That’s why this is a critical time to re-invest in ensuring every gift officer has what they need to stay connected, motivated, and effective in five key ways.

1. Re-connection to the cause: If you work at a university, consider sitting in on a class. If you work at an animal welfare organization, walk the halls and visit with the animals. Or do whatever works for you — but what’s most important is that in the rush to get work done, your work is grounded in passion for the mission.

2. A clear vision in a post-COVID-crisis world: Institutions whose work have been directly or tangentially COVID-related will need to prepare for the inevitable waning of interest as COVID moves from peak crisis. Those whose work has not been impacted by COVID still face a public profoundly changed, and will need to be able to articulate their value in this new world, with the needs it exposed.

3. Clear giving opportunities that align with impact: The shared crises over the past year+ (COVID, social and racial injustice, etc.) created a sense of urgency, and giving was a clear way to help. Donors who felt a more-concrete-than-ever sense of “doing something” do not want to go backwards. The better you demonstrate the impact they can have through a gift of any amount, the better positioned you are to capture prospects’ passion and move them to action.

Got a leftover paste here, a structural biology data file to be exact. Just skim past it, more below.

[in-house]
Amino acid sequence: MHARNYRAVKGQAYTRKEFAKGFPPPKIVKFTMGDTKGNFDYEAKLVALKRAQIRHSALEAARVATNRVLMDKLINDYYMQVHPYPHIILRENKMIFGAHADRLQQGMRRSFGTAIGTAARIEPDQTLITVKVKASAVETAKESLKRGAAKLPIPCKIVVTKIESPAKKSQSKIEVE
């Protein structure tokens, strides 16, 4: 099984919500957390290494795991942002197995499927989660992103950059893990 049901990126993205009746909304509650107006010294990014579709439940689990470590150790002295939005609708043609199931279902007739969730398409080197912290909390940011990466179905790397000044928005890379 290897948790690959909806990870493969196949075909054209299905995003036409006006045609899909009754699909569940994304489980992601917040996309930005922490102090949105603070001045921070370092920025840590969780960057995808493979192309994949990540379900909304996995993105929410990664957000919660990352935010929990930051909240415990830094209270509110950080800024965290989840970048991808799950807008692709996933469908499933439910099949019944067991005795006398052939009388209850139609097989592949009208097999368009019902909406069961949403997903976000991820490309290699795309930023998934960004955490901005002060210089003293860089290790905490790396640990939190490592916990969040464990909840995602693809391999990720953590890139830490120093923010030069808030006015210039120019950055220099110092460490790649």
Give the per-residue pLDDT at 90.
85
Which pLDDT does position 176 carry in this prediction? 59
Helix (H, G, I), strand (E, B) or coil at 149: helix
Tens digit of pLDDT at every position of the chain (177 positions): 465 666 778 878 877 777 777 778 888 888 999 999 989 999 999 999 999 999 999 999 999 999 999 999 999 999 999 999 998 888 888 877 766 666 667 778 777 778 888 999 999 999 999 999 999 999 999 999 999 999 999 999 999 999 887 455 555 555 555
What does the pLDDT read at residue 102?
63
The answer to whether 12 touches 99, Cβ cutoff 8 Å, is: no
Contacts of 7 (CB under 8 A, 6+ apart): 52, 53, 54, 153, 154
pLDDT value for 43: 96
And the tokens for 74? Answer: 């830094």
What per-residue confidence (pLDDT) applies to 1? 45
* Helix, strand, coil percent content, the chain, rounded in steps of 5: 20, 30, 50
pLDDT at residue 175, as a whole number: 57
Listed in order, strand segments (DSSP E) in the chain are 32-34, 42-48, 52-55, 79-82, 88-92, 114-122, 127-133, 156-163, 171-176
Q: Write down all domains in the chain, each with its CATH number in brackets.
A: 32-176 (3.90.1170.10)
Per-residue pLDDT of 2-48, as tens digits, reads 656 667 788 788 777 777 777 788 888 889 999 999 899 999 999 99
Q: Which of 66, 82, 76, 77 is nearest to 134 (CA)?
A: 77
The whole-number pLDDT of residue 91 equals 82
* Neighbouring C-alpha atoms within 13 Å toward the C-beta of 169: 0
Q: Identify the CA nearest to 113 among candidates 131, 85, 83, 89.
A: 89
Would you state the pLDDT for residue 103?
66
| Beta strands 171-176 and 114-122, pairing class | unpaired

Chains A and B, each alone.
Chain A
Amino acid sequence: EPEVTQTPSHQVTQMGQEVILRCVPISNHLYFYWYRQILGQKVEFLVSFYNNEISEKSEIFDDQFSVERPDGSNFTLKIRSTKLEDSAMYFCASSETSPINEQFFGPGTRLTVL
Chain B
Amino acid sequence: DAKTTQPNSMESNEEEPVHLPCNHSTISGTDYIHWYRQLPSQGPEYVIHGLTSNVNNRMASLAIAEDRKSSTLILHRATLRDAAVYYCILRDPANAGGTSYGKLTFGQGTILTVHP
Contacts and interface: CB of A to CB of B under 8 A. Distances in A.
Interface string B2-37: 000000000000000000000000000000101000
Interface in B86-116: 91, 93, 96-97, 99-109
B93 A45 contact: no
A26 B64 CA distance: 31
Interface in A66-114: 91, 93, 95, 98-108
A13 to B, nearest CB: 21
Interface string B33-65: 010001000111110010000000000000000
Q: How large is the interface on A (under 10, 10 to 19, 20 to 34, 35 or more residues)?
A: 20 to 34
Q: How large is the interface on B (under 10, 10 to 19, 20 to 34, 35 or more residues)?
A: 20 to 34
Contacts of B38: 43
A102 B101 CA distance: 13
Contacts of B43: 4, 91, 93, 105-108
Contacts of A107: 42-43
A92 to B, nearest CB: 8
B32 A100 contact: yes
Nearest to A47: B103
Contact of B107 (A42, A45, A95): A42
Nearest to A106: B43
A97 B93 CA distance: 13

4. Engagement opportunities: Just like clear giving opportunities, donors are looking for ways to get involved in the communities around them. This nation’s experiences have inspired in many a greater sense of collective action and responsibility. Make sure you can provide an avenue for those desires.

5. Grace: It’s critical to remember that we are not “back to normal” — and that “normal” was still deeply flawed for many. The last few years have exposed deep fault lines across our society. Many lost family members and weren’t able to properly say goodbye due to COVID. Schools may be open, just to close again for quarantines. Whatever the details, real trauma was experienced. If you’re a manager, and you’re not making space for your team to be distracted sometimes, to struggle with coming back to the office or returning to in-person donor visits, to expect their workplace to demonstrate a greater commitment to diversity, equity, and inclusion (in practice, not principle), etc. — you’re missing the boat. And manager or not, each of us should be making space for ourselves. We can be our harshest critics, and we must give ourselves the grace we would ask of others.

For a deeper look at how to set gift officers up for success in today’s climate, sign up to join us for KDD Philanthropy’s Leadership, Management, and Fundraising webinar series!

What are you doing to prepare for a return to the office, or what did you do if you’ve already returned? Share your tips in the comments!